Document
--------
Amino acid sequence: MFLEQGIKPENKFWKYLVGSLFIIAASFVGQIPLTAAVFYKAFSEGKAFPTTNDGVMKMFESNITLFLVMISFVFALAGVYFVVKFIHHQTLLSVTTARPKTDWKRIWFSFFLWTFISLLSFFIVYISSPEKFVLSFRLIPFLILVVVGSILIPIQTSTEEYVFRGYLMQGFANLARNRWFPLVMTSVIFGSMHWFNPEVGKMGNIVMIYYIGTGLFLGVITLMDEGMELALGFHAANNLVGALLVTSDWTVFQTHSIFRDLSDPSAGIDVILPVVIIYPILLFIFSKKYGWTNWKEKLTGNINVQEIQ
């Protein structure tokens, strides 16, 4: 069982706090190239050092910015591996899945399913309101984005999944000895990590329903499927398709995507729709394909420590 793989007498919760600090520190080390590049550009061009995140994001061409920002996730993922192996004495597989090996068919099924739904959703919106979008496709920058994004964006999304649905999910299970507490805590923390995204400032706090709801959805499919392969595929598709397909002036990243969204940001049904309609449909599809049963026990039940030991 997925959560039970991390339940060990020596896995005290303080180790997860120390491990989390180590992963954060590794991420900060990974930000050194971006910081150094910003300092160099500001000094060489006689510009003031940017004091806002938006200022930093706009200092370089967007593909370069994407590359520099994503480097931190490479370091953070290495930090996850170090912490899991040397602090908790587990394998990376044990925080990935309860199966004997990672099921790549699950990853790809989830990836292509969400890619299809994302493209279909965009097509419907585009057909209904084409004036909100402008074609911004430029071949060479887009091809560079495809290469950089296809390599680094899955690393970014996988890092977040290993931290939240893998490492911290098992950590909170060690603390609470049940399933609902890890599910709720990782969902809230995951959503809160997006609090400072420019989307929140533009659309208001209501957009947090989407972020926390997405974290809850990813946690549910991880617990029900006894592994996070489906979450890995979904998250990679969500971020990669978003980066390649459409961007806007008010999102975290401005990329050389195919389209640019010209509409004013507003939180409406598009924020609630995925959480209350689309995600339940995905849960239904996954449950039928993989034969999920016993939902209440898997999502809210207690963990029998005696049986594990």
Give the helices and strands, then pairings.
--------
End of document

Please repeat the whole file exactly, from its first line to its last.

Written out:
Amino acid sequence: MFLEQGIKPENKFWKYLVGSLFIIAASFVGQIPLTAAVFYKAFSEGKAFPTTNDGVMKMFESNITLFLVMISFVFALAGVYFVVKFIHHQTLLSVTTARPKTDWKRIWFSFFLWTFISLLSFFIVYISSPEKFVLSFRLIPFLILVVVGSILIPIQTSTEEYVFRGYLMQGFANLARNRWFPLVMTSVIFGSMHWFNPEVGKMGNIVMIYYIGTGLFLGVITLMDEGMELALGFHAANNLVGALLVTSDWTVFQTHSIFRDLSDPSAGIDVILPVVIIYPILLFIFSKKYGWTNWKEKLTGNINVQEIQ
């Protein structure tokens, strides 16, 4: 069982706090190239050092910015591996899945399913309101984005999944000895990590329903499927398709995507729709394909420590 793989007498919760600090520190080390590049550009061009995140994001061409920002996730993922192996004495597989090996068919099924739904959703919106979008496709920058994004964006999304649905999910299970507490805590923390995204400032706090709801959805499919392969595929598709397909002036990243969204940001049904309609449909599809049963026990039940030991 997925959560039970991390339940060990020596896995005290303080180790997860120390491990989390180590992963954060590794991420900060990974930000050194971006910081150094910003300092160099500001000094060489006689510009003031940017004091806002938006200022930093706009200092370089967007593909370069994407590359520099994503480097931190490479370091953070290495930090996850170090912490899991040397602090908790587990394998990376044990925080990935309860199966004997990672099921790549699950990853790809989830990836292509969400890619299809994302493209279909965009097509419907585009057909209904084409004036909100402008074609911004430029071949060479887009091809560079495809290469950089296809390599680094899955690393970014996988890092977040290993931290939240893998490492911290098992950590909170060690603390609470049940399933609902890890599910709720990782969902809230995951959503809160997006609090400072420019989307929140533009659309208001209501957009947090989407972020926390997405974290809850990813946690549910991880617990029900006894592994996070489906979450890995979904998250990679969500971020990669978003980066390649459409961007806007008010999102975290401005990329050389195919389209640019010209509409004013507003939180409406598009924020609630995925959480209350689309995600339940995905849960239904996954449950039928993989034969999920016993939902209440898997999502809210207690963990029998005696049986594990």
Give the helices and strands, then pairings.